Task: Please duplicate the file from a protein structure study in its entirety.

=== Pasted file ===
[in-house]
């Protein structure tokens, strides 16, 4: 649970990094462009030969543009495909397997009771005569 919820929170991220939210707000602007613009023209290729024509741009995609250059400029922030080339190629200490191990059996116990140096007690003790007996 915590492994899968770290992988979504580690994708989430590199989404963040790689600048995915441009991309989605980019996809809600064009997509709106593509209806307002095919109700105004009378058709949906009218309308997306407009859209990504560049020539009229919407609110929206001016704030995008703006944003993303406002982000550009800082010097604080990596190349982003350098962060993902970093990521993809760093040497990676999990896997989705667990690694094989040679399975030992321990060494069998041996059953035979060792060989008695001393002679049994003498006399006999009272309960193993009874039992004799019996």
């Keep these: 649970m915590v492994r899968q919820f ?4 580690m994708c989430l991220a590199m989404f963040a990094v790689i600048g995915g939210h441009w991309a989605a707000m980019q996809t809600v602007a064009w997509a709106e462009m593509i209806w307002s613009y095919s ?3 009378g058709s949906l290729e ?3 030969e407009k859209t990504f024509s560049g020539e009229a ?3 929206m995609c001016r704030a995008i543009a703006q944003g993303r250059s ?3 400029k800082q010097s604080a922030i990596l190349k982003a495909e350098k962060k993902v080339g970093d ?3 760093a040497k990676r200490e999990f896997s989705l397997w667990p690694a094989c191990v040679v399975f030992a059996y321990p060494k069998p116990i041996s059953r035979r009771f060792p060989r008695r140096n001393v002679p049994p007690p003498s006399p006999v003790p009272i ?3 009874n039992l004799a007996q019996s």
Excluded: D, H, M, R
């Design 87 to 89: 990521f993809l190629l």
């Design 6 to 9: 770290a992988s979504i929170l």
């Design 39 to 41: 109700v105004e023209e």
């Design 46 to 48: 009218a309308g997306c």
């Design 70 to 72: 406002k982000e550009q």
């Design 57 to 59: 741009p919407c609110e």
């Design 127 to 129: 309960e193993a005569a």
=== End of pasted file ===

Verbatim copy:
[in-house]
């Protein structure tokens, strides 16, 4: 649970990094462009030969543009495909397997009771005569 919820929170991220939210707000602007613009023209290729024509741009995609250059400029922030080339190629200490191990059996116990140096007690003790007996 915590492994899968770290992988979504580690994708989430590199989404963040790689600048995915441009991309989605980019996809809600064009997509709106593509209806307002095919109700105004009378058709949906009218309308997306407009859209990504560049020539009229919407609110929206001016704030995008703006944003993303406002982000550009800082010097604080990596190349982003350098962060993902970093990521993809760093040497990676999990896997989705667990690694094989040679399975030992321990060494069998041996059953035979060792060989008695001393002679049994003498006399006999009272309960193993009874039992004799019996």
């Keep these: 649970m915590v492994r899968q919820f ?4 580690m994708c989430l991220a590199m989404f963040a990094v790689i600048g995915g939210h441009w991309a989605a707000m980019q996809t809600v602007a064009w997509a709106e462009m593509i209806w307002s613009y095919s ?3 009378g058709s949906l290729e ?3 030969e407009k859209t990504f024509s560049g020539e009229a ?3 929206m995609c001016r704030a995008i543009a703006q944003g993303r250059s ?3 400029k800082q010097s604080a922030i990596l190349k982003a495909e350098k962060k993902v080339g970093d ?3 760093a040497k990676r200490e999990f896997s989705l397997w667990p690694a094989c191990v040679v399975f030992a059996y321990p060494k069998p116990i041996s059953r035979r009771f060792p060989r008695r140096n001393v002679p049994p007690p003498s006399p006999v003790p009272i ?3 009874n039992l004799a007996q019996s």
Excluded: D, H, M, R
């Design 87 to 89: 990521f993809l190629l």
């Design 6 to 9: 770290a992988s979504i929170l």
């Design 39 to 41: 109700v105004e023209e």
């Design 46 to 48: 009218a309308g997306c």
């Design 70 to 72: 406002k982000e550009q």
């Design 57 to 59: 741009p919407c609110e």
């Design 127 to 129: 309960e193993a005569a």